Golden State Warriors head coach Steve Kerr has been among the most outspoken NBA figures regarding the social issues in what has increasingly become a divided United States. It’s been something to pay attention to, as Kerr himself possesses a backstory most of us could scarcely imagine.
Kerr’s family was a victim of terrorism when his father, Malcolm — then the president of American University in Beirut — was killed by gunmen in 1984. Kerr himself spent a lot of his childhood traveling throughout the Middle East. His family was very active in the political scene. And conversations took hold between him and his parents throughout his adolescence.
Whether we agree with Kerr’s politics, we have to understand that his experience makes him able to speak up intelligently about the topics of the day.
Now, in talking about gun violence around the United States, Kerr had a pretty detailed criticism directed at our elected leaders.
“You wonder if any of these Senators and Congressmen and women who are so opposed to even holding a vote on not only the right to buy an automatic weapon but just the background checks and the lists,” Kerr said, via The Mercury News . “How would they feel about this if their own child, their own mother, their own father, sister, brother, wife, husband was murdered. Mass murdered. Would that change your mind? I don’t know, but how many times do we have to go through this before our government actually does something about it?”
Kerr would go on to call America’s gun policies “insane.”
While this has definitely taken a back seat due to the current issues we see in American society today, it’s long been a point of contention for those who advocate harsher gun control policies. Kerr is obviously of the opinion that our nation’s current policies are not sustainable.
But his conversation with Anthony Slater of the Mercury News covered a whole lot more. While he has surely spoken up on the issues of the day, the Western Conference All-Star coach has not sought out opportunities to make a bigger name for himself in the political world.
“I talk to my wife about what she thinks, what’s appropriate, what’s not,” Kerr said. “I’m sensitive to the fact that I’m kind of part of the face of the organization — Steph, KD, Bob (Myers), Joe (Lacob) — we’re all interviewed the most. But I don’t necessarily represent the views of everyone in the organization. So that’s a line I have to walk and I’m wary of. I don’t want to anger anyone in our organization. So I try to say things from a place of practicality.”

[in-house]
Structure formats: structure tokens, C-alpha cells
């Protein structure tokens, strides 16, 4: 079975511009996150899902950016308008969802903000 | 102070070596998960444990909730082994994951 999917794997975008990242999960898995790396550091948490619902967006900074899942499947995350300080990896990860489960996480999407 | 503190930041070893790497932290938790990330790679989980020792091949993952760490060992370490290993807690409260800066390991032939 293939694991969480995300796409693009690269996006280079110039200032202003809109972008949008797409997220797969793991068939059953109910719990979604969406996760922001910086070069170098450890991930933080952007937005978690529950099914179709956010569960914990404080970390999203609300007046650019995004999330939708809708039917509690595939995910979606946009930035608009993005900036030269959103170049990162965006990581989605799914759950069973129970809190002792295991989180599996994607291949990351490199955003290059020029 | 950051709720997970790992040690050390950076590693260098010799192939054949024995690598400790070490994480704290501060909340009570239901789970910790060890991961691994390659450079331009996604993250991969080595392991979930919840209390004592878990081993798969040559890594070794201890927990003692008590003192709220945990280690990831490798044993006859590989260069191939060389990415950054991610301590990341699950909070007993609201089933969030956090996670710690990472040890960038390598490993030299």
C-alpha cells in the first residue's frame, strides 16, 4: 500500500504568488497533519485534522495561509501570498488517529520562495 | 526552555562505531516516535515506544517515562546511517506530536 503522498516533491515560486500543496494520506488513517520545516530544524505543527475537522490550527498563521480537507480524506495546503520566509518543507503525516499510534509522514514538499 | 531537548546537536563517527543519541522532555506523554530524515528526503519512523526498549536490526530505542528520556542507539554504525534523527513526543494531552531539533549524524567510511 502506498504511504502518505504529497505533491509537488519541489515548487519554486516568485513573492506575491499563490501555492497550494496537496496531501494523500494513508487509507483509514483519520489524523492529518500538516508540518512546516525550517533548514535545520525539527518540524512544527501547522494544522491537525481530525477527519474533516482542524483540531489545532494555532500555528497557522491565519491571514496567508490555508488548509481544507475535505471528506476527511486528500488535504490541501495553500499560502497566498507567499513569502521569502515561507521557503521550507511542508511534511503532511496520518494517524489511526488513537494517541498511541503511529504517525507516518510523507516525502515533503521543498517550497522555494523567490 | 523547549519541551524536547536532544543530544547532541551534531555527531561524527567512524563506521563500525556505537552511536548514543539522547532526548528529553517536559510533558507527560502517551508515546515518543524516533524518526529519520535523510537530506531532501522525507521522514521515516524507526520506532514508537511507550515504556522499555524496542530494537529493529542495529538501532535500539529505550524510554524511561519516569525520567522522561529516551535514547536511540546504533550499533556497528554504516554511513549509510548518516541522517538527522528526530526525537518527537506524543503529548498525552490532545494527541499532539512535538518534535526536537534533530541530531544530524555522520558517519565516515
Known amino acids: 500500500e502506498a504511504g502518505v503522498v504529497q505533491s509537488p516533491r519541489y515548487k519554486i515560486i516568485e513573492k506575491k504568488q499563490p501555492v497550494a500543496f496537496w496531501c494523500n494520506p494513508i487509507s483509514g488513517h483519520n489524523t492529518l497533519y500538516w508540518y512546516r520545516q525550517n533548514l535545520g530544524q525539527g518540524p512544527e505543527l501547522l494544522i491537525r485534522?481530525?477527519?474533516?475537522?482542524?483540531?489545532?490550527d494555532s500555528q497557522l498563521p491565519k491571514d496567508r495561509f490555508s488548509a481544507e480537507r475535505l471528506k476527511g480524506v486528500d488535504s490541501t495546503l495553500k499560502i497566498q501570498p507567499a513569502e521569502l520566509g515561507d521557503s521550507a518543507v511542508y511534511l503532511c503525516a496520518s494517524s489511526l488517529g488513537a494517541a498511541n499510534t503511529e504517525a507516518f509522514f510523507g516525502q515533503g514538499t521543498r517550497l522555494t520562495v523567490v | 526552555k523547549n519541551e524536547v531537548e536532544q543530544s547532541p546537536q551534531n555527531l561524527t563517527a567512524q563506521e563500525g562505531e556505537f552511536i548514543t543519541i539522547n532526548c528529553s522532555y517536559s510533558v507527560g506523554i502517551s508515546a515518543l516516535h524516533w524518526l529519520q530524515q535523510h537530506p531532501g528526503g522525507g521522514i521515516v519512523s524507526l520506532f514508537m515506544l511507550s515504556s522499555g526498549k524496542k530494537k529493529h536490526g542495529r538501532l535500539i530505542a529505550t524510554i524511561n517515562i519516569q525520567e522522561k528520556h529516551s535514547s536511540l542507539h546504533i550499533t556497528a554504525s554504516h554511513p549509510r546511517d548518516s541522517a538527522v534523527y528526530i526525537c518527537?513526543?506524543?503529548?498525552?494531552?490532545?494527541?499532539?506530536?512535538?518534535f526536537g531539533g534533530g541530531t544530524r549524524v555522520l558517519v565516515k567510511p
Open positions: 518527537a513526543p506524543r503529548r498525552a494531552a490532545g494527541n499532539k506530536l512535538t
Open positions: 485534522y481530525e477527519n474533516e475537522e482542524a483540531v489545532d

That’s an extremely important point to make. Above everything else in the public world, Kerr represents the Golden State Warriors. And while that organization exists in the left-leaning Bay Area and has made it known that it represents inclusion, not everyone within the organization shares Kerr’s world view. They are not all part of his own echo chamber.
It’s a fine line that everyone within the sports world has to walk. What to speak out on. How to balance that with what your employers and those around you view to be professional. For Kerr, it’s been all about learning from the best the basketball world has to offer.
“I remember Phil (Jackson) one time asked our team: ‘How many of you own guns?’” Kerr said. “‘How many of you know that you’re more likely to have a death in your home with a gun than without a gun?’”
He also spoke about the world views of San Antonio Spurs head coach Gregg Popovich, who Kerr played under during his extensive NBA career. It’s been a combination of all this that has pushed Kerr himself to speak publicly about the issues of the day.
And it seems as if Warriors players are more than okay with it.
“Coach Kerr has been through so much in his life personally,” Kevin Durant said. “He realizes, checks the pulse of our country and our world. He knows exactly what he’s talking about. He’s so informed and intelligent when it comes to topics, social issues. He gets it and a lot of coaches don’t.”
Kerr’s backstory is definitely something you should read about. The New York Times ran an extensive article about it back in December. You can read that tremendous piece here.